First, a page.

Phakic IOLs becoming more favoured option Dr O'Keefe told EuroTimes that since conducting those cases he has converted from the corneal ablative approach to a lenticular approach using Artisan and Artiflex iris-clip iOLs, which he said have become the preferred option for most practitioners of paediatric refractive surgery in europe. he noted that he has been using the lenses in children and has found that they appear to produce very predictable results. "implants have become the more common option for amblyopic anisometropia for a number of reasons. First of all, there is quicker rehabilitation, second it can be done in the ordinary operating room and can be done by surgeons who don't have any expertise in using lasers or for cutting flaps or doing corneal refractive surgery, and of course it's also less expensive because you don't need all this equipment." An additional advantage of phakic iOLs is that they can be replaced if refraction changes significantly as the child grows. Furthermore, it leaves the cornea largely untouched, leaving the option open for future corneal ablative procedures. On the other hand, some have expressed concern that although the Artisan lens has a proven track record regarding safety in the adult population, the situation is less clear in children, given the short follow-up available to date and the greater number of years the implants would likely be in the child's eye. "These implants have been used for a greater period of time in europe than in the us. however the 15-year experience in an adult eye is not comparable to the same 15 years in a child's eye. My particular concerns are low-grade iritis and pigment dispersion, along with gradual but inexorable endothelial cell loss. We may or may not find that in 15-20 years we are explanting phakic iOLs placed in children, and/or performing lamellar corneal If by ‘failure' it is meant that the parent comes back and says the child didn't want to wear glasses, I would have that every day " David B Granet MD 5 EUROTIMES | Volume 17 | Issue 4 Standard anaesthetic technique delivered in a standard way, airway management options usually include either a laryngeal mask, or a naso-pharyngeal airway Courtesy of William F Astle MD, FRCSCtransplantation," said sandra Brown MD, Cabarrus eye Centre, Concord, North Carolina, us. however, Dr O'Keefe said the benefits may justify the risks, particularly since in his experience to date the implants have been as free of complications in children as they have been in adults. "My experience to date is that these implants work really well in children as well. We haven't seen pigment dispersion in adults or children in any shape or form and although we haven't done endothelial cell counts we have no reason to believe the results will be different in children than adults. Another thing that critics of refractive surgery in children say is that children might displace their implant by rubbing their eyes, but again, i don't buy into that either," he said. "i have shown significant improvement in all vision specific sub-scales of National eye institute VFQ-25 using foldable irisfixated intraocular lens implantation in a subset of paediatric patients with special refractive needs who were intolerant of conventional treatment (article published in Acta Ophthalmol February 2012)."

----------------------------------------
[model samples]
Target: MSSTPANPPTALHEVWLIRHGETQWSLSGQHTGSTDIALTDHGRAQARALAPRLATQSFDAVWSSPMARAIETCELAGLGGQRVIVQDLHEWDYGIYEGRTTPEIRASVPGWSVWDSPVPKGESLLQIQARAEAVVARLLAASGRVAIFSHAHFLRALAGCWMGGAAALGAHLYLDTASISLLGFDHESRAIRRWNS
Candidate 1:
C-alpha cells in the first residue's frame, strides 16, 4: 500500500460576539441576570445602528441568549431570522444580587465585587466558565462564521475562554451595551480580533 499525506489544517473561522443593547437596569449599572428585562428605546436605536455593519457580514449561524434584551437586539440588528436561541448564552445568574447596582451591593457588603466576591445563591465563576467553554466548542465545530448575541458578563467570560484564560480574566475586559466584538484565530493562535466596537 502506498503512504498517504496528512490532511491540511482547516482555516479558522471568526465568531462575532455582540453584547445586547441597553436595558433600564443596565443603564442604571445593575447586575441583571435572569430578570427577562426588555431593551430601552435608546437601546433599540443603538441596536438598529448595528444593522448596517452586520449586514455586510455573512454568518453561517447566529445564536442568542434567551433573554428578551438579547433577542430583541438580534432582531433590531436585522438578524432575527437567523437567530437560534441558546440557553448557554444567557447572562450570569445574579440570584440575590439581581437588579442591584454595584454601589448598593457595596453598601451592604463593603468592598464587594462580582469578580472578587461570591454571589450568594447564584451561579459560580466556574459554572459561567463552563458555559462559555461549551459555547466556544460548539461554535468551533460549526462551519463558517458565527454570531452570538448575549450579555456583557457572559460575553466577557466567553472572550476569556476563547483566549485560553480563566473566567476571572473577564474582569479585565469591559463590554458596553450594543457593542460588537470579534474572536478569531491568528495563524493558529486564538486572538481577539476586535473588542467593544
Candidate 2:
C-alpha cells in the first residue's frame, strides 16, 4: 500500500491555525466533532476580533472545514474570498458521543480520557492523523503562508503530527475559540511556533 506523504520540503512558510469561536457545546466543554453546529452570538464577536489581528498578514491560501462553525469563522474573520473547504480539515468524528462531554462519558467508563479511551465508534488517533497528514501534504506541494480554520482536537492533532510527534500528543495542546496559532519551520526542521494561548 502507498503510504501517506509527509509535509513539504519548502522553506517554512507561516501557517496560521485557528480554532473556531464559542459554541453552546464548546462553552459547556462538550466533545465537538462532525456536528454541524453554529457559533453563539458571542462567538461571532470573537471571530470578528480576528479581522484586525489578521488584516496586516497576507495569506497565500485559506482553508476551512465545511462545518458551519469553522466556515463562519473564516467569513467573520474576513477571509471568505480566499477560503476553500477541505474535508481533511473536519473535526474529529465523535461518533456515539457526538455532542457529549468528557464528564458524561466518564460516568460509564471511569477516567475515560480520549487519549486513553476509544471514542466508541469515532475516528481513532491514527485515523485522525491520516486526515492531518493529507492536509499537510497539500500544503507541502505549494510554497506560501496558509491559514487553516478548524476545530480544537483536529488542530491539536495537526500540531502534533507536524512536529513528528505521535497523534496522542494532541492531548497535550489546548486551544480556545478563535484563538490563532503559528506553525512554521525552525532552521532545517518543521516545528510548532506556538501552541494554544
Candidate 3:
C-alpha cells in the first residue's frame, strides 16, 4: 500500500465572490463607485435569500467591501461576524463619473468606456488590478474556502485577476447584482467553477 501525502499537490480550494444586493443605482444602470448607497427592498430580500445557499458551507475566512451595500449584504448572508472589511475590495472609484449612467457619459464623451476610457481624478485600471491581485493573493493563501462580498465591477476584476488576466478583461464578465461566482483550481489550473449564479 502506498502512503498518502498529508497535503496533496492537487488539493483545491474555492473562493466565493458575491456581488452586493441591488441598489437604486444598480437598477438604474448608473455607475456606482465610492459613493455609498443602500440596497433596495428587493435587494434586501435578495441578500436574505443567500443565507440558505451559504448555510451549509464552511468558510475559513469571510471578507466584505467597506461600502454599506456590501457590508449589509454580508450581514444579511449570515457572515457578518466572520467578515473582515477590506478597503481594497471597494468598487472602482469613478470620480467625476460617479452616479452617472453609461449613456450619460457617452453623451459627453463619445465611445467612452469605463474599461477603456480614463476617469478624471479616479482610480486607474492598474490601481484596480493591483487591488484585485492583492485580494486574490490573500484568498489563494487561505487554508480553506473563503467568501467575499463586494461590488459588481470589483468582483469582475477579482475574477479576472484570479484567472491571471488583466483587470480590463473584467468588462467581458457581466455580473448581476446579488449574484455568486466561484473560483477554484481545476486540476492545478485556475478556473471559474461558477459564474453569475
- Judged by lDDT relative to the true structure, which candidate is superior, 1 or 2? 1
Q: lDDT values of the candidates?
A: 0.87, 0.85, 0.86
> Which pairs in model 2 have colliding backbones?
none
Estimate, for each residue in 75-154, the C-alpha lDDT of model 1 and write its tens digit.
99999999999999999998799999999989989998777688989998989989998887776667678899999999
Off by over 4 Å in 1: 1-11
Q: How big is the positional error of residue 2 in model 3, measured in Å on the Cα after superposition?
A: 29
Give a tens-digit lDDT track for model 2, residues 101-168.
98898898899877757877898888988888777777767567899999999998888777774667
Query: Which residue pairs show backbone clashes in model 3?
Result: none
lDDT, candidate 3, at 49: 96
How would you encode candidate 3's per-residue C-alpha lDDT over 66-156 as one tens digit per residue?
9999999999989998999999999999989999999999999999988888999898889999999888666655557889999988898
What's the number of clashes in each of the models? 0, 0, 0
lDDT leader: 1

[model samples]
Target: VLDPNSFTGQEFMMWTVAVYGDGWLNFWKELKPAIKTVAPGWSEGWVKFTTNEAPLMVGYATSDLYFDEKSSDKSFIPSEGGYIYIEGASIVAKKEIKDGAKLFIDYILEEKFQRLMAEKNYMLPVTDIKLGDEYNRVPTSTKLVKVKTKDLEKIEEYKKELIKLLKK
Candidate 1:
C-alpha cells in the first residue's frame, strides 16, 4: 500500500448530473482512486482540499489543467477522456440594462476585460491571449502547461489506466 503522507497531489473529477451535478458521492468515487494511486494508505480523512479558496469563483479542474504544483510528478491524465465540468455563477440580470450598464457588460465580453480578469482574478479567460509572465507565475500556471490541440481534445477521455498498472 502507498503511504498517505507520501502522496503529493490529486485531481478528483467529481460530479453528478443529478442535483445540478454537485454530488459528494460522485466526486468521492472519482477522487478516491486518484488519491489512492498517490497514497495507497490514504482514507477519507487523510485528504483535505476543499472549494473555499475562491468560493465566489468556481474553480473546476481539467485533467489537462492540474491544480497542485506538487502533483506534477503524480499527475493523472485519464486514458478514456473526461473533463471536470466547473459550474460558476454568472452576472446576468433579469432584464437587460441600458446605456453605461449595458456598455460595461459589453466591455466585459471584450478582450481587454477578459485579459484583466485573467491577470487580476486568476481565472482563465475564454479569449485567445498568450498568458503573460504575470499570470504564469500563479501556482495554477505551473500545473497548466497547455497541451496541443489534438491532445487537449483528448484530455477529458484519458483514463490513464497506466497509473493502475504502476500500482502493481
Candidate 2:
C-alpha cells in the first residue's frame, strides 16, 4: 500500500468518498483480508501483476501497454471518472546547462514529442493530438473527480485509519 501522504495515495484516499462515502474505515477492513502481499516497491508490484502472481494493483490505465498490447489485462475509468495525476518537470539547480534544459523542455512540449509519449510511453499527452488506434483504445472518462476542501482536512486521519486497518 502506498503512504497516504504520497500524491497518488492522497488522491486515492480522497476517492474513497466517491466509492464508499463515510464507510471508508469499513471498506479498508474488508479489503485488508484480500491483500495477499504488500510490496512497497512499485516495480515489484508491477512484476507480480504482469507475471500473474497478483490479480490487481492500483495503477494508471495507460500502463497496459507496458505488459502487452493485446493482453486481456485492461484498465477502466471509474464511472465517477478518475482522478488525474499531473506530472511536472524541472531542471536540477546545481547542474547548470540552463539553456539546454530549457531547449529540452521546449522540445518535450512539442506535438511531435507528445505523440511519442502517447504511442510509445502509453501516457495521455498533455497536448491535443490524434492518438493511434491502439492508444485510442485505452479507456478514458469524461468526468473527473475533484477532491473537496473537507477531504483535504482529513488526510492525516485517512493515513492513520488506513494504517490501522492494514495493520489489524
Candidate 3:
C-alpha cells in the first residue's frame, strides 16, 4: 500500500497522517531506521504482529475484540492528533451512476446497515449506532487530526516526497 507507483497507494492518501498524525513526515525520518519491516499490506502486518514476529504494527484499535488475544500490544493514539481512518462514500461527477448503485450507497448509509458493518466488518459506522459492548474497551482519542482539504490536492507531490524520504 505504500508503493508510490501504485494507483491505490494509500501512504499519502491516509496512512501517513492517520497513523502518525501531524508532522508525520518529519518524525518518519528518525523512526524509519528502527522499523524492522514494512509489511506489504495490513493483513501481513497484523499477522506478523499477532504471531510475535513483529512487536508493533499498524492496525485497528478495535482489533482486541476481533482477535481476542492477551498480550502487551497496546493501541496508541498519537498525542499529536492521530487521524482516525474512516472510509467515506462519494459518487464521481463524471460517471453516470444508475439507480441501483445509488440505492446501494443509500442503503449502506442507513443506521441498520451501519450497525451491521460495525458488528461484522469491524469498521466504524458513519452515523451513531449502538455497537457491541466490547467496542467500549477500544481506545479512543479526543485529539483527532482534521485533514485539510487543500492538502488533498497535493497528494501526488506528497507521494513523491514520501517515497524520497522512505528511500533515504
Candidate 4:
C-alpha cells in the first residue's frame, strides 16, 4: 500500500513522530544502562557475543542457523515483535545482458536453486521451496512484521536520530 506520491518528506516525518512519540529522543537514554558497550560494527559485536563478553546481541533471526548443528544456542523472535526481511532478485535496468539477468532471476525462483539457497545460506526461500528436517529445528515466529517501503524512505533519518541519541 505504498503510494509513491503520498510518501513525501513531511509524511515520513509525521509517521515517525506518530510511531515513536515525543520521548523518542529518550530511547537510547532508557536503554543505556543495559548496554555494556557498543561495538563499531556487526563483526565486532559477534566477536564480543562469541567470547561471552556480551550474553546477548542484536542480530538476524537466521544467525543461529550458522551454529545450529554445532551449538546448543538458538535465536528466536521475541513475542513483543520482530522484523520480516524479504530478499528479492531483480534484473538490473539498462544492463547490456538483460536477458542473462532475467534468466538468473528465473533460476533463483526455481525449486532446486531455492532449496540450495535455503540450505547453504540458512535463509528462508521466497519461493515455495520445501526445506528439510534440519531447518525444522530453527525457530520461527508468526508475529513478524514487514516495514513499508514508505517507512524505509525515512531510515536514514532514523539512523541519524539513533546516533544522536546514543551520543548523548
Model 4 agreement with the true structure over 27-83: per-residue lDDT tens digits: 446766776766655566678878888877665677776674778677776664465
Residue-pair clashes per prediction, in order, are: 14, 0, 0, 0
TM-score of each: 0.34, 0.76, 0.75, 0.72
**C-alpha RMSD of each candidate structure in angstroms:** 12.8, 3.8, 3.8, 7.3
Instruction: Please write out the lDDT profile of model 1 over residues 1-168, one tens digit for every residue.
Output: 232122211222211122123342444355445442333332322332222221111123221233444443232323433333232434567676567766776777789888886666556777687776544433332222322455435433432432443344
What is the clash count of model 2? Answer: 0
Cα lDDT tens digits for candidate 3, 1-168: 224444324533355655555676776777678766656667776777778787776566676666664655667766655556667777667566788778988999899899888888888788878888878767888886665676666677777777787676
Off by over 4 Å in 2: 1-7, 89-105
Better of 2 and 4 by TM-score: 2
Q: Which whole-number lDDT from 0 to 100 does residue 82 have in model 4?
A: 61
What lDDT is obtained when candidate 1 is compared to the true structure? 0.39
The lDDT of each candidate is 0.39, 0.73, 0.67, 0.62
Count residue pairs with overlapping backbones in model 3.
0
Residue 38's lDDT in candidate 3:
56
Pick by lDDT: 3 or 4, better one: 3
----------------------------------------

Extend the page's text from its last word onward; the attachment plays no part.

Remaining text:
Patient selection still a matter of debate The current indications for paediatric refractive surgery include anisometropic amblyopia, high bilateral high myopia and accommodative esotropia that has not responded to conventional treatment. Those who perform such procedures say that eligibility for such procedures is often obvious at an early stage. "The anisometropic amblyope, the classic one, is a child who starts at 20/400 and after patching treatment they get to 20/80 but no matter what you do it won't change. if you've done six months to a year of traditional treatment and it's really not responding you can add this to the armamentarium," Dr Astle said. On the other hand, while there is a broad consensus that an essential eligibility criteria for paediatric refractive surgery in a given patient is the failure of conventional treatment, there appears to be less agreement about what actually constitutes treatment failure. And some have expressed concern that the availability of refractive surgery for children with amblyopia and high ametropia may cause the parents of affected children to regard it as an easy option. "if by ‘failure' it is meant that the parent comes back and says the child didn't want to wear glasses, i would have that every day. And if we told those families: 'by the way, if you fail wearing glasses, then we will laser the child,' how many of those families would've failed the glasses, knowing they had another option?" said David B Granet MD, uCsD Ratner Children's eye Centre, La Jolla California, us.